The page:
Mirror Worlds 1, Apple 0

Mari Silbey —  October 5, 2010 — 5 Comments

A federal jury in Texas has ruled against Apple and in favor of the company Mirror Worlds in a patent case that could bring damages of more than $625 million. The jury found that Apple willfully infringed on three patents related to how files are displayed on iPods, iPhones, and Mac computers. Mirror Worlds created an interface that showed a series of files as image cards, much like what you see today in Apple’s Cover Flow UI. However, Mirror Worlds created that interface many years before Apple. First came the concept in the 1991 book Mirror Worlds, then came the actual implementation in a short-lived software application called Scopeware Vision in 2003.

I wrote about the case back in 2008 because of the involvement of renowned computer scientist David Gelernter. Gelernter wrote the Mirror Worlds book, and spearheaded the efforts behind Scopeware Vision. I worked briefly with Scopeware many years ago, and even met the famous Gelernter on several occasions. Oddly, the Scopeware software was really more analogous to Google’s desktop search and RSS reader services than Apple’s music products. However, the UI similarities to Cover Flow are striking, and the mirroring (pun intended) is readily apparent when you compare Scopeware to the interface for Apple’s Time Machine software.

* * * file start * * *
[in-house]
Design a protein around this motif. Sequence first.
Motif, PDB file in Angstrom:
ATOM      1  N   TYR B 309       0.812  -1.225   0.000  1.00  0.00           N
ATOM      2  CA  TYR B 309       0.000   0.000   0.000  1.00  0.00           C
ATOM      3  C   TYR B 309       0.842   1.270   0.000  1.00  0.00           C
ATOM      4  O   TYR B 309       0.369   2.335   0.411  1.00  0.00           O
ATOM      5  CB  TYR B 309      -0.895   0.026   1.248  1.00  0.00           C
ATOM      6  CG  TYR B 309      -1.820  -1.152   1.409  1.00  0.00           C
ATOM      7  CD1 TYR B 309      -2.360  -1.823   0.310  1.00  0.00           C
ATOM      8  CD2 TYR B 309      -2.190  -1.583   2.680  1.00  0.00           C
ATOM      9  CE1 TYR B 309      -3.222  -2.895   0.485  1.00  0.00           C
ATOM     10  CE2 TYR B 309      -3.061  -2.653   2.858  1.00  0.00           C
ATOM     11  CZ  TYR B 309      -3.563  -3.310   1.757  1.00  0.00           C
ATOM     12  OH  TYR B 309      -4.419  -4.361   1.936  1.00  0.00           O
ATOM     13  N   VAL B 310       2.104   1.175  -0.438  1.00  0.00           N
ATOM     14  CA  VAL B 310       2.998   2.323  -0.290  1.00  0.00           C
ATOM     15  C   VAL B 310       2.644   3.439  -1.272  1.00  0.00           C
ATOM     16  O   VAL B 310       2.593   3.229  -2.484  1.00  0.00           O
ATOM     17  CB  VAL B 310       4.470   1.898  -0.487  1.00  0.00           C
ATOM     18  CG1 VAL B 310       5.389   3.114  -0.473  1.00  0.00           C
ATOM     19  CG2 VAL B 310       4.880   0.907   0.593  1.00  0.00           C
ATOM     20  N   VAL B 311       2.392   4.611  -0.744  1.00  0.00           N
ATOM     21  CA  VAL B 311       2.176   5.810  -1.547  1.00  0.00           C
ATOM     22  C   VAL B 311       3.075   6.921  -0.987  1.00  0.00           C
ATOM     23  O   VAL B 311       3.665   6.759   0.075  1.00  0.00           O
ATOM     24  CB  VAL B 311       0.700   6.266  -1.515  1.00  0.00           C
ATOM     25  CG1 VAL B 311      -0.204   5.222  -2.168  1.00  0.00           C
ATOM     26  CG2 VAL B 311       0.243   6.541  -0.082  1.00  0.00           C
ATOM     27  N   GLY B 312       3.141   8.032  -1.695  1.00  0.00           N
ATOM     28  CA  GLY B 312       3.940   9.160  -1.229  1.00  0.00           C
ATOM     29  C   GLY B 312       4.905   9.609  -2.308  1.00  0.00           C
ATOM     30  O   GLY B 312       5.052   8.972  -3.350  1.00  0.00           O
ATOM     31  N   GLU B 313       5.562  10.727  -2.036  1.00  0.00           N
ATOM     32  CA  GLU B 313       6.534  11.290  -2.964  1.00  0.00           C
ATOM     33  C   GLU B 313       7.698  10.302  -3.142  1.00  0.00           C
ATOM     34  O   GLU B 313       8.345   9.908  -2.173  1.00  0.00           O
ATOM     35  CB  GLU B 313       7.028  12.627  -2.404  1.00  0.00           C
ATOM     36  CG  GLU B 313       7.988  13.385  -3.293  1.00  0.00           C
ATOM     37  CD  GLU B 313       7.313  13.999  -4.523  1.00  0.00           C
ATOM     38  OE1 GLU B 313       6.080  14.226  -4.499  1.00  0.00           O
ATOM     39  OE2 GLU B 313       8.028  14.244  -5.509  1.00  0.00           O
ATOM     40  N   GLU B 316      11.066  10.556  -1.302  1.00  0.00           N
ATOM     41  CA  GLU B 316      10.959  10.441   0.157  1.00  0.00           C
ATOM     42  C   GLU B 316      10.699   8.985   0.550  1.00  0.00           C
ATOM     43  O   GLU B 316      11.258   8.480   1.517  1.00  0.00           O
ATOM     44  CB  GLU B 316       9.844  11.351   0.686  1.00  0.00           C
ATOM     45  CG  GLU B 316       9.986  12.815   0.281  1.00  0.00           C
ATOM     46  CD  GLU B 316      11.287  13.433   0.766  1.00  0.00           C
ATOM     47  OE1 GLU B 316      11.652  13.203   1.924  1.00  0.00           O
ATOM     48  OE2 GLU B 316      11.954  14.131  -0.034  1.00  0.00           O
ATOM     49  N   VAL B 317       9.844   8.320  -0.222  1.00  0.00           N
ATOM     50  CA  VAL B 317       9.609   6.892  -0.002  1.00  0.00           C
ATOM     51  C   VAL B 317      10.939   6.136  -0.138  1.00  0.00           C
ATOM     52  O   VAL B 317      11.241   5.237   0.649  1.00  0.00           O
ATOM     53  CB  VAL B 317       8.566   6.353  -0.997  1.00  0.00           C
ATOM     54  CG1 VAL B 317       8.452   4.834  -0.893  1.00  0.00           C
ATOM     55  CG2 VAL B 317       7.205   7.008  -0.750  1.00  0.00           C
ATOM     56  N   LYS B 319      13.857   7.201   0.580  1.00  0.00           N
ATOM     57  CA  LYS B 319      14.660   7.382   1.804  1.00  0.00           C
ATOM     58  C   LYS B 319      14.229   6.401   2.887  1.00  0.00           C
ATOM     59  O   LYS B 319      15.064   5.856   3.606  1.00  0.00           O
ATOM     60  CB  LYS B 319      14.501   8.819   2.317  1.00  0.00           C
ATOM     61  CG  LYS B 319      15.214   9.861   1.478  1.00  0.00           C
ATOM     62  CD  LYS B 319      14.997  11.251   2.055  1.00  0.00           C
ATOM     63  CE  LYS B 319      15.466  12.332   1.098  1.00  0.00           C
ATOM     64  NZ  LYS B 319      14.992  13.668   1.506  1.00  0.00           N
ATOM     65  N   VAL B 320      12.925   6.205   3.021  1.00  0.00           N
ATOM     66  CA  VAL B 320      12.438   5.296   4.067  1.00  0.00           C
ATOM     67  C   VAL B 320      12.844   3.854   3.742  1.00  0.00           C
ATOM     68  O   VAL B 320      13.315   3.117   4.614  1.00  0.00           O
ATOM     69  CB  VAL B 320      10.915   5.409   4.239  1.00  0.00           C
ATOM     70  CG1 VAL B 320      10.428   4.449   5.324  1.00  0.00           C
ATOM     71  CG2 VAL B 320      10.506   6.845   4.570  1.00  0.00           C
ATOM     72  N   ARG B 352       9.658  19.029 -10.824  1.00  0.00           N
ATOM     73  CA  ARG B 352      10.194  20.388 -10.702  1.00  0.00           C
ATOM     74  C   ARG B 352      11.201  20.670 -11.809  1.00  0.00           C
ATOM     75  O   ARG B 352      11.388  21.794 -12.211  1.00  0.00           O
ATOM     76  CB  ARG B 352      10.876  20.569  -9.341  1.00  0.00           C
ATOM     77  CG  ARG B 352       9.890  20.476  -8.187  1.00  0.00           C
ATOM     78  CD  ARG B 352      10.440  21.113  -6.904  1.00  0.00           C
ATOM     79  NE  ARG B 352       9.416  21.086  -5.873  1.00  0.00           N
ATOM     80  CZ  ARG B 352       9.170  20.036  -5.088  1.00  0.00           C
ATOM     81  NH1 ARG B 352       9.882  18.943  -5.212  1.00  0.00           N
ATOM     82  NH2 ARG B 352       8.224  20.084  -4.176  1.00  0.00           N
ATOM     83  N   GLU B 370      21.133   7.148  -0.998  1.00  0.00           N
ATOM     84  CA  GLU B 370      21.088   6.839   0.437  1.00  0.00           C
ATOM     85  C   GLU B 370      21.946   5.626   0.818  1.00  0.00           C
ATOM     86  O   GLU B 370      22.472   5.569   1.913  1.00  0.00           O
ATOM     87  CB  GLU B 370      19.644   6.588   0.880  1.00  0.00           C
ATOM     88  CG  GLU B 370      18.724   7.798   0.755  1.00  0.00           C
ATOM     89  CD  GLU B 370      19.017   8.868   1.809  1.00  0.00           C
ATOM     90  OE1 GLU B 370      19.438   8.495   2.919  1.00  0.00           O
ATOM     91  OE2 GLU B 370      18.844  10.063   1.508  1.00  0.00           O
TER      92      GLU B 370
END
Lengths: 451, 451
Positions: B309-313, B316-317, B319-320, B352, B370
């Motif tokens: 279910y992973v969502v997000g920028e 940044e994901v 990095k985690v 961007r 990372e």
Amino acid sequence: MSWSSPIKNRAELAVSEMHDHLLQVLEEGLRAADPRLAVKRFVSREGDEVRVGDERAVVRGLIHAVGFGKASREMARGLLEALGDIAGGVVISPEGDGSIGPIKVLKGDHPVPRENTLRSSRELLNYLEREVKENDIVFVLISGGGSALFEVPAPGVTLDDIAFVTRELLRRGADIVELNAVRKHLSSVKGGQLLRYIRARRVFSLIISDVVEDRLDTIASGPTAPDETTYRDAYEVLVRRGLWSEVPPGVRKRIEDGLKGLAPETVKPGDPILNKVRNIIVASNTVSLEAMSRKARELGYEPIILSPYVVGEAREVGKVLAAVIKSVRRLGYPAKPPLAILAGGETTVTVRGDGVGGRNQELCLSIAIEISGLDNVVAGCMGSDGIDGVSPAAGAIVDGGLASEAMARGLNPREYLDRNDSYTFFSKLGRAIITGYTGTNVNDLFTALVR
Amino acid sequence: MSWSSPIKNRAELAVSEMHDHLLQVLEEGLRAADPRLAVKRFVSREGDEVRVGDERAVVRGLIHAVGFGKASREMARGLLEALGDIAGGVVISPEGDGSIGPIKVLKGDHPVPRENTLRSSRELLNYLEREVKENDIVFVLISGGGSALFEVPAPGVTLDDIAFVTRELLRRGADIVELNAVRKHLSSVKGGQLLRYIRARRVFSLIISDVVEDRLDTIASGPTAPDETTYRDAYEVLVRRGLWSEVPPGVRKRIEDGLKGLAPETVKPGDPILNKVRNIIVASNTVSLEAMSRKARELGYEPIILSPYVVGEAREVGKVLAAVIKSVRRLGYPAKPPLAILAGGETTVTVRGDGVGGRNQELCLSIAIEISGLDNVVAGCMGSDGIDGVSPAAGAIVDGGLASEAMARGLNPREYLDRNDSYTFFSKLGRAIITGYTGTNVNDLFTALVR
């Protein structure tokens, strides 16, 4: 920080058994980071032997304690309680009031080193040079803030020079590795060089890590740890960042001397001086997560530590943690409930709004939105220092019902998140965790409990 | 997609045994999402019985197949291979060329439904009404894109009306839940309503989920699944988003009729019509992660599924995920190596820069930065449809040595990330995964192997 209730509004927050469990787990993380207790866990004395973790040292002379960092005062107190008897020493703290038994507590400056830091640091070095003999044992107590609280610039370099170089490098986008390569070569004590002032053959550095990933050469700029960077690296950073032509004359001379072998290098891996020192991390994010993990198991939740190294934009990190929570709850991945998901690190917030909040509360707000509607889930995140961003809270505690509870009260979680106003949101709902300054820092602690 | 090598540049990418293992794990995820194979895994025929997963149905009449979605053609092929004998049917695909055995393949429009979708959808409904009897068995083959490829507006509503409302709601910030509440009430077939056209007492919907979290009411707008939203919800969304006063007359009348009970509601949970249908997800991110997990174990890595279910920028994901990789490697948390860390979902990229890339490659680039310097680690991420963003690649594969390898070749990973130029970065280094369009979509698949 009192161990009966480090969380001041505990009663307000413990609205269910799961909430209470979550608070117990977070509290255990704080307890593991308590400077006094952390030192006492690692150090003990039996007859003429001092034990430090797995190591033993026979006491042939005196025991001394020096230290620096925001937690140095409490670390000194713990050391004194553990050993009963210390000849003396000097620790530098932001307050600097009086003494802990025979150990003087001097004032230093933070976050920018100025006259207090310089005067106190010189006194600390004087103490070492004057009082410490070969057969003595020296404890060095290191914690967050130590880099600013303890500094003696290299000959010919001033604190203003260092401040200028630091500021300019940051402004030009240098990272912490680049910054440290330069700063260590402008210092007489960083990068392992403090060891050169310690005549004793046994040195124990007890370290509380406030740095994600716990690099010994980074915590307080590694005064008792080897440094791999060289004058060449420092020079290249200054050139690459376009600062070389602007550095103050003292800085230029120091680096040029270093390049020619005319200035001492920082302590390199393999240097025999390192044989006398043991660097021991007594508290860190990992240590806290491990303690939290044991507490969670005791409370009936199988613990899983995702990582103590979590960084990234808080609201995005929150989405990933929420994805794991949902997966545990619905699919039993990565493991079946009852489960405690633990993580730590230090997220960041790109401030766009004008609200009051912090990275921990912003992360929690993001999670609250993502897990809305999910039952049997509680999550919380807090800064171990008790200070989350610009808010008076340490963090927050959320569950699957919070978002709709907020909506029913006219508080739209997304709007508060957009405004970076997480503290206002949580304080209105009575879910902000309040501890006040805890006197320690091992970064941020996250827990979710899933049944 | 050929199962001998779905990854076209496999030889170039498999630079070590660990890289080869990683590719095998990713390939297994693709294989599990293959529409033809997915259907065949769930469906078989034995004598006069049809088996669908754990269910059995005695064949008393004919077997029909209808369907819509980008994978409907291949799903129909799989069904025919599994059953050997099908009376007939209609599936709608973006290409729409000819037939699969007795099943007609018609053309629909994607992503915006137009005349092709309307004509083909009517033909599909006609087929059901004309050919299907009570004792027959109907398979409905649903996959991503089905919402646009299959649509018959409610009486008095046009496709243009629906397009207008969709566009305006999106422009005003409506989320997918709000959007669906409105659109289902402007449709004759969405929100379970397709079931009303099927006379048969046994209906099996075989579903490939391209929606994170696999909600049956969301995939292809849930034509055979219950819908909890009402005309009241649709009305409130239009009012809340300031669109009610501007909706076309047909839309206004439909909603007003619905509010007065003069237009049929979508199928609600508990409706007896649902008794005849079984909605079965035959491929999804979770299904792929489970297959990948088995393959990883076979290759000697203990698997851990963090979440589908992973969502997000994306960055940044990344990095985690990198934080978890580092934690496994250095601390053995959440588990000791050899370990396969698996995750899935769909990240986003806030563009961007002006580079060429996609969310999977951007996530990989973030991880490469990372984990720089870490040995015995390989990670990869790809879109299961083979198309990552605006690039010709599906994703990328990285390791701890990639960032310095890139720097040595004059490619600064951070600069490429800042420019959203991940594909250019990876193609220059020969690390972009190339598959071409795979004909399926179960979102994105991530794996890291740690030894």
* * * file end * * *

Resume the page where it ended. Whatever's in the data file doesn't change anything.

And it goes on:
There’s no telling whether the jury verdict against Apple will stick. Unsurprisingly, Apple is already challenging the jury’s findings, and the judge in the case has yet to submit an official ruling. However, if it goes through, Gelernter could find himself sitting on a pretty pile of money. It’s enough to resurrect Scopeware if he wants to. Or to move forward with a whole new venture.

5 responses to Mirror Worlds 1, Apple 0

  1. Mari, I really enjoy your thoughtful articles! It’s rather dishearteting that most outlets these days jump on any patent lawsuit, especially if it’s filed in Texas, and blame “patent trolls” without researching all the facts.

    Not to say that all lawsuits have merits, but people are very fast to jump even on TiVo even though facts in TiVo v. Dish case are pretty obvious.

  2. But the HyperCard interface which predates Mirror Worlds and Scopeware Vision is the obvious prior art that should invalidate some of thosee patents.

  3. Ivan Y- Thanks. It’s hard to go deep when the tech world moves so fast. But this is one I had the background for. Gelernter is a fascinating guy, by the way.

    T- I do wonder if HyperCard is part of Apple’s argument. Though there are differences – use of images versus text fields (as I understand it), and the concept of using HyperCard as a programming device rather than a consumer interface.

  4. The lawyers will never go hungry!

  5. “But the HyperCard interface which predates Mirror Worlds and Scopeware Vision is the obvious prior art that should invalidate some of thosee patents.”

    HyperCard doesn’t (as both the Scopeware and the Cover Flow) automatically arrange pre-existing information on cards. The user had to program it to do so. I’m betting that invalidated it as prior art.

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